Style Court

Textiles, Art History, Gardens, and a Little Mental Traveling with Courtney Barnes 2006-2016



I was reading about our talented friend Grant Gibson, and his participation in the San Francisco Decorator Showcase, when I stumbled upon Lost Art Salon. The gallery offers a large selection of vintage pieces. Today, my eyes went straight to a pair of mid-century linocuts by Ethel McKenzie Sullivan. Individually the prints are 6.5 by 7.5 inches and cost $195. (Or $350 for the pair.)

I thought this would be a good time to offer a super-short linocut recap too. As MOMA explains, linocuts are a "type of relief print in which linoleum is used as the printing surface." The artist digs in with knives or other strong tools to carve her desired image into the linoleum. When the process of linoleum printmaking was introduced in the early 20th century, it did not initially garner much respect. Since linoleum is a relatively soft material to work with, many artists viewed linocuts as too easy, in contrast with the centuries-old process of working with wood.

But when Matisse and Picasso embraced the new technique, the perception changed. Linoleum is especially suited to engraving that yields smooth white lines, and for a time linocuts were popular for producing large decorative prints. I think it's been documented extensively throughout the blogosphere that 21st century artist Hugo Guinness shows his linocuts at John Derian. Click here for more history.

Images three and four are courtesy Georgetown Frame Shoppe.

Henri Matisse Linocut
Pasiphae Suite - 1944
Red Ornament II
Edition of 100
Duthuit 38
12-3/4" x 9-7/8"
(image three)

Henri Matisse Linocut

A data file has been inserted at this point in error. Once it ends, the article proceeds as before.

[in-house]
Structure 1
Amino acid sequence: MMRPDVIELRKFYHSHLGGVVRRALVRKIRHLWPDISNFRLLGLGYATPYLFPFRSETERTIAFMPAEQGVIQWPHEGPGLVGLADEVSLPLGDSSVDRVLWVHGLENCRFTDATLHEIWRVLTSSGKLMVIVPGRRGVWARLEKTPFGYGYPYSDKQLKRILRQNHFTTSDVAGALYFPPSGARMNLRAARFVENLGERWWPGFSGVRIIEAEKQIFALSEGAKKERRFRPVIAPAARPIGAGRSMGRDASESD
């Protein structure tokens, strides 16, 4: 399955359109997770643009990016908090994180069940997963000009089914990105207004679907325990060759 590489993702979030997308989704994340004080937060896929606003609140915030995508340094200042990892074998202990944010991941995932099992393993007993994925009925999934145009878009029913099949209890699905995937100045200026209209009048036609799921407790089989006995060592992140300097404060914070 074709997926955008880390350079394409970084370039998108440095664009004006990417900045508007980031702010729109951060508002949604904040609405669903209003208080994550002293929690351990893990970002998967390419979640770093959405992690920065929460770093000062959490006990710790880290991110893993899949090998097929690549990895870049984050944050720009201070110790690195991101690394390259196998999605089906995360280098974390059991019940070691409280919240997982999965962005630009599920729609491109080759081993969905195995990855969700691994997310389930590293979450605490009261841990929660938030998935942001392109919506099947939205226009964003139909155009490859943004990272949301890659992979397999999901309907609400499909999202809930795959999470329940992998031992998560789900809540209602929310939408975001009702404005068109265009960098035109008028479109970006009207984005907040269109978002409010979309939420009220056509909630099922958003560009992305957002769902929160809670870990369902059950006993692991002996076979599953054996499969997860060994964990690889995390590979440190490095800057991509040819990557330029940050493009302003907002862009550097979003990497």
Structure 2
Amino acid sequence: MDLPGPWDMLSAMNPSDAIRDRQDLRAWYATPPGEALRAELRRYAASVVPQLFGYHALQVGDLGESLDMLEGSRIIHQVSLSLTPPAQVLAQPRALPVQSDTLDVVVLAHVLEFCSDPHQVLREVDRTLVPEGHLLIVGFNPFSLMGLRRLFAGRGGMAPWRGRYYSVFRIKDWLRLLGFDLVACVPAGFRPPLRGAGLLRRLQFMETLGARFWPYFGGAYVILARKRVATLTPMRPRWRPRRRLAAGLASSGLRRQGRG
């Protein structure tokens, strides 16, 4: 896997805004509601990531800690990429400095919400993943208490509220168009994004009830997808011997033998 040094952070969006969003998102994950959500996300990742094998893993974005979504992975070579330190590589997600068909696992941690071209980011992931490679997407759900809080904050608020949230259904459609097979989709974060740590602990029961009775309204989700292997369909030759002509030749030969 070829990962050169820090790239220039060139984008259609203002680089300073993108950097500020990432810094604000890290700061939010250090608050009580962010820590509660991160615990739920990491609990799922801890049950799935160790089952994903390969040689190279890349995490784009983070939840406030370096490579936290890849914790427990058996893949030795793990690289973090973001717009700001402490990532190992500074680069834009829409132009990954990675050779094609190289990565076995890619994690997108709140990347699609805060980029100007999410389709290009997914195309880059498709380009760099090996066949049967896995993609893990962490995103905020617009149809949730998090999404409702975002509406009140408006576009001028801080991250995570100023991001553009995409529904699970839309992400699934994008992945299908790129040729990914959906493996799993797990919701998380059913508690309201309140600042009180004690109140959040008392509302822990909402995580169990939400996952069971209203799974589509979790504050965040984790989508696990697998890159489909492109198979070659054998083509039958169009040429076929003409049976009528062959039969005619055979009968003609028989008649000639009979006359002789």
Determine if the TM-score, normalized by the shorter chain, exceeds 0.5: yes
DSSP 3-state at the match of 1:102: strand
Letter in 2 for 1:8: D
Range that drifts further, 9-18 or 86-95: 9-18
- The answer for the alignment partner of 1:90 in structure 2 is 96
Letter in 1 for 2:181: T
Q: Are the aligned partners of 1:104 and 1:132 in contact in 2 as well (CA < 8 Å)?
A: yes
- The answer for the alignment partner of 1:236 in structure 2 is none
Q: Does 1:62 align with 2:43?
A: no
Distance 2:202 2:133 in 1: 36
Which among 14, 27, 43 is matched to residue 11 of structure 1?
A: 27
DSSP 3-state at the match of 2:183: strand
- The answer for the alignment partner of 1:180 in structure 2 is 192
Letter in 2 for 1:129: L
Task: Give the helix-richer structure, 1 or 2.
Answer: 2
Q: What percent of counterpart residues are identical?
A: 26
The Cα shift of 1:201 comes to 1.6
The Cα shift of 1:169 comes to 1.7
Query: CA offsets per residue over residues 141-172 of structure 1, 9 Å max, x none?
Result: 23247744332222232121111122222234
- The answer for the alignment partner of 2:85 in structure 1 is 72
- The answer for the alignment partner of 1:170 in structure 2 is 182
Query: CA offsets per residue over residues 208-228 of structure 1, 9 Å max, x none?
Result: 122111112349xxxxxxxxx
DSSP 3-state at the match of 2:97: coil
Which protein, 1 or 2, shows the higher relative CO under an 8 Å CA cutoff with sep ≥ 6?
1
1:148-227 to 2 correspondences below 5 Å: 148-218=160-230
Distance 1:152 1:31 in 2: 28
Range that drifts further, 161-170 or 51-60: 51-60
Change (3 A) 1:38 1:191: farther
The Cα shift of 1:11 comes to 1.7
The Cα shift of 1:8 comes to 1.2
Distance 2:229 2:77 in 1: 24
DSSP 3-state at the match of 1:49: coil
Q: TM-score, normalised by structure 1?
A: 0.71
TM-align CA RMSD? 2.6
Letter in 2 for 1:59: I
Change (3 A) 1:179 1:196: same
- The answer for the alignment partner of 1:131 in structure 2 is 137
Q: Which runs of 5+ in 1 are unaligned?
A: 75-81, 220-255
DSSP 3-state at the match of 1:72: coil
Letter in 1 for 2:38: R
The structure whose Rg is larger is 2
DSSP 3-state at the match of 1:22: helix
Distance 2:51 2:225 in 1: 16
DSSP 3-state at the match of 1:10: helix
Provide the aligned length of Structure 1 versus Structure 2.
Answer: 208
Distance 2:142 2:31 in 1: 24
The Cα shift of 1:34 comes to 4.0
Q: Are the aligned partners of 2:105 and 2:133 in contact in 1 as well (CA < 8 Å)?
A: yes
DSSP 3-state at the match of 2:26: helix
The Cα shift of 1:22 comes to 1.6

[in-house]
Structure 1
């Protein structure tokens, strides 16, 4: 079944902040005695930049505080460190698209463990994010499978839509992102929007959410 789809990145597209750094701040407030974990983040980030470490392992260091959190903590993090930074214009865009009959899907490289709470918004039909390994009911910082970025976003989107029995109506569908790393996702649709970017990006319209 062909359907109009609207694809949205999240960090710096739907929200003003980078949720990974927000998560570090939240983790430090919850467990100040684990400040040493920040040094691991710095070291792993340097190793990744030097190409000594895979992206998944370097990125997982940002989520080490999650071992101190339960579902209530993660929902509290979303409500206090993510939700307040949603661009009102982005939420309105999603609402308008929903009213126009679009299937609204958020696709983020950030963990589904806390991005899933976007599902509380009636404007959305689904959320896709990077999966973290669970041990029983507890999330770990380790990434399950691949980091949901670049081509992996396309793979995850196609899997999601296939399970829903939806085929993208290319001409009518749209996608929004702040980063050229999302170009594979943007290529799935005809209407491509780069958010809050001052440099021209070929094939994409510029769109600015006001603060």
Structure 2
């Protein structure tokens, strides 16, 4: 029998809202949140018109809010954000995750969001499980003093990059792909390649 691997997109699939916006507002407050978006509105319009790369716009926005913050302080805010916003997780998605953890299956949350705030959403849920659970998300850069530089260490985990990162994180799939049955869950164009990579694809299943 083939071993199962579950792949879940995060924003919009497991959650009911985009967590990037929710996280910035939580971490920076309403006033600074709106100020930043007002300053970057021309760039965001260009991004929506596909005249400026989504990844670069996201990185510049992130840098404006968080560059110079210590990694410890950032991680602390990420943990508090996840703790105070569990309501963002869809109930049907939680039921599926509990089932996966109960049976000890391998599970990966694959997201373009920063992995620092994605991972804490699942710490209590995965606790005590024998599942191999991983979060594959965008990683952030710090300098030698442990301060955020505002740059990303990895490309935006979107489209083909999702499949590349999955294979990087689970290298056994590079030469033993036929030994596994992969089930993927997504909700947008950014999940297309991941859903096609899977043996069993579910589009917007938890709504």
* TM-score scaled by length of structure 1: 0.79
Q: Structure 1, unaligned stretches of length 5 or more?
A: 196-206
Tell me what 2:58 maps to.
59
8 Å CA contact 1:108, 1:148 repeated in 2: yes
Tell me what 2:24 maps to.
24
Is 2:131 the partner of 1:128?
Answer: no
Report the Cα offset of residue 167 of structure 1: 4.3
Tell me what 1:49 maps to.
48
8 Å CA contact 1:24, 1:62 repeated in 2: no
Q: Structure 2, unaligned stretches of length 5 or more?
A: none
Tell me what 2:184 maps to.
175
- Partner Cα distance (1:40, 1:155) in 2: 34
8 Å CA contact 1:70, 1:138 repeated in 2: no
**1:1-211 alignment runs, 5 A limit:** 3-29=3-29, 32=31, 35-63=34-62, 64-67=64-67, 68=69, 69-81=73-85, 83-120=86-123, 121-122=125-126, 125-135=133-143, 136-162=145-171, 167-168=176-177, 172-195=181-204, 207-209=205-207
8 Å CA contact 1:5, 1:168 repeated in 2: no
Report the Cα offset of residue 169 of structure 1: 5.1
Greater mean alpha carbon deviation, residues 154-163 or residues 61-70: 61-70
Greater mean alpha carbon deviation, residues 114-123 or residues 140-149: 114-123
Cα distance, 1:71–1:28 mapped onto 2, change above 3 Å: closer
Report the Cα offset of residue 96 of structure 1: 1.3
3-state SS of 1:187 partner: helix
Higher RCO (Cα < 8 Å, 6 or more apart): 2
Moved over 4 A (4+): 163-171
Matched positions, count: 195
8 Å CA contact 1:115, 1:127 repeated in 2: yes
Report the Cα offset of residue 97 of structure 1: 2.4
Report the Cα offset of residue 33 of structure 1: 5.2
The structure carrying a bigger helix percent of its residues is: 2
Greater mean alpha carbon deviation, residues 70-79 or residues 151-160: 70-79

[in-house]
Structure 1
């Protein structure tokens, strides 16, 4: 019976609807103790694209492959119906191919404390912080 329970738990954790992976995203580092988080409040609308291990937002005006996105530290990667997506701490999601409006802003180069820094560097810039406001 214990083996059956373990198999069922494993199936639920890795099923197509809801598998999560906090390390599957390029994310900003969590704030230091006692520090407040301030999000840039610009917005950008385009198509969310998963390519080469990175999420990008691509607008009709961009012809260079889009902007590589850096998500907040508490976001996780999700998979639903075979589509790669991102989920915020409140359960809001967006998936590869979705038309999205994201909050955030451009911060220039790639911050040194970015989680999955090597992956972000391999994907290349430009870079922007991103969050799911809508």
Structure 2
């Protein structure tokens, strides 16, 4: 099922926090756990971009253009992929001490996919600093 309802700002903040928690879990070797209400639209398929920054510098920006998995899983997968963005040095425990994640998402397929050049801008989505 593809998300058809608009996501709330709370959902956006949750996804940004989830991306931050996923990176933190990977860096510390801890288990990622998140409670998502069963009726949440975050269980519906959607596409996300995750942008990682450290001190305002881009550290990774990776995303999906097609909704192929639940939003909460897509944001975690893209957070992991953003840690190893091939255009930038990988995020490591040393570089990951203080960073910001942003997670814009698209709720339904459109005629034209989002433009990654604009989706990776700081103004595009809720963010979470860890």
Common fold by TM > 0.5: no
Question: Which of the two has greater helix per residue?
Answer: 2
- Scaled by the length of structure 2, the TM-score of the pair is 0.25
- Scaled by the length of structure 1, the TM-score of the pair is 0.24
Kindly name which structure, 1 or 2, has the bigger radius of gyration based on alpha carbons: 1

Pasiphae Suite - 1944
Figure With The Sun Edition of 100 Duthuit 38
12-3/4" x 9-7/8"
(image four)


Lauren said...

I love the top 2.

The Peak of Chic said...

I remember making linocuts in 5th grade art class. I almost sliced my finger off in the process!

Karena said...

I agree re the florals and the Hugo Guiness work at Derian's is amazing. In good company with Matisse and Picasso!

pve design said...

Oh this reminds me of the one I did in high school. Lino cuts are so much fun to get lost in. You should try it one day. I would love to see what you cut!

Julie at Belle Vivir said...

Even back then, didn't people like something, until someone consider important enough, marketed it. The world hasn't change most about that.

I love both of them. They resemble a old luxury caribbean decor.

Annie, bossy color said...

Everything goes in cycles, doesn't it? These linocuts look so fresh and modern now. Thanks for the excellent recap of the technique and tradition.

Style Court said...

Annie -- glad you liked this one :)

Julie -- yes, good point.

Patricia VE-- maybe I will!